I’m reminded of a quote from C.S. Lewis: “Of all the tyrannies, a tyranny sincerely exercised for the good of its victims may be the most oppressive. It may be better to live under robber barons than under the omnipotent moral busybodies. The robber barons cruelty may sometimes sleep, his cupidity may at some point be satiated; but those who torment us for our own good will torment us without end, for they do so with the approval of their own conscience.”
The rebuttal to this is simple, wearing a mask hardly counts as torment. Which is true. I hate wearing the masks because of a slight case of claustrophobia that I have. But I can endure it when need be.
But what precedent are we setting when we sit back and allow the government to mandate this? A pretty big one if you ask me.
If these moral busybodies take these small actions today with the approval of a slight majority of us, then tomorrow they will probably take bigger actions with the approval of a few less. And then the next day take the next step, then another, then another, then another.
Again, I hear the obvious rebuttal, “But Tom, you’re making the slippery slope logical fallacy. You should have learned about that in your first year of college.” Indeed, I did. But in this case, I would argue that this is not a logical fallacy. Rather, the scenario of escalation I just laid out is a prediction made about future behavior based on the observation of past behavior. In other words, this is the way these things generally go when it comes to liberals.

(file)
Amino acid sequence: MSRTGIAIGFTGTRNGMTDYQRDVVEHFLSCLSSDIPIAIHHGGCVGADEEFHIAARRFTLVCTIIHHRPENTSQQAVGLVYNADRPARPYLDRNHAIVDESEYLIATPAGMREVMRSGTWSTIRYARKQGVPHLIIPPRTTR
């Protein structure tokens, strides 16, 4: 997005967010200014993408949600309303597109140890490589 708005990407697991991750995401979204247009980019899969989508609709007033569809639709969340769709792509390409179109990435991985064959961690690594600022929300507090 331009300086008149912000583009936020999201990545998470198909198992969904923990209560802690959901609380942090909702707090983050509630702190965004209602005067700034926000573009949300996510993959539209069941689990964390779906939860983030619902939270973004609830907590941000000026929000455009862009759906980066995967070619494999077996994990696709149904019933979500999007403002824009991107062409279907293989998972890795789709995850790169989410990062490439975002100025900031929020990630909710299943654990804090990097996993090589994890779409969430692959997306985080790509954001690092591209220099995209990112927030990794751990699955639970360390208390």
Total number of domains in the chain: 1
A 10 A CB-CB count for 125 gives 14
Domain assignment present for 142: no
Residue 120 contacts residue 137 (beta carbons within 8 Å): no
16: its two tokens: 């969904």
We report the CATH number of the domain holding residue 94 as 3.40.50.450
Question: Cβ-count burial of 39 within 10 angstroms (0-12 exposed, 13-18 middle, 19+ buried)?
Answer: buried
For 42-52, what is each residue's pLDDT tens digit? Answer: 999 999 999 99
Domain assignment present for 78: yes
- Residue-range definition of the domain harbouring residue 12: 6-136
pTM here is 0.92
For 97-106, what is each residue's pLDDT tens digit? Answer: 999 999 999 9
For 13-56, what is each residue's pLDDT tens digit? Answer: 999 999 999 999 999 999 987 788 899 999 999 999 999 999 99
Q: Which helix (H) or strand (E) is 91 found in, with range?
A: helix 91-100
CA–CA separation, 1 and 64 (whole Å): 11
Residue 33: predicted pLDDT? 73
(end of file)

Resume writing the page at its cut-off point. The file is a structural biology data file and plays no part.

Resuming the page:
Would anyone in 1960 thought that the Democratic party would seriously consider a socialist as their party’s Presidential candidate? No. But after 60 years of baby steps, we came close. Would anyone in 1960 have thought that one day the Supreme Court would consider gender identity as a protected class? No. But after 60 years of baby steps, here we are.
So, when Joe Biden says, “I’m going to require everyone to wear face masks,” the idea a future Democrat running for President saying, “I’m going require all Americans to follow a prescribed eating plan” doesn’t sound so off the wall. All it will need is enough time and enough intervening baby steps to get us there.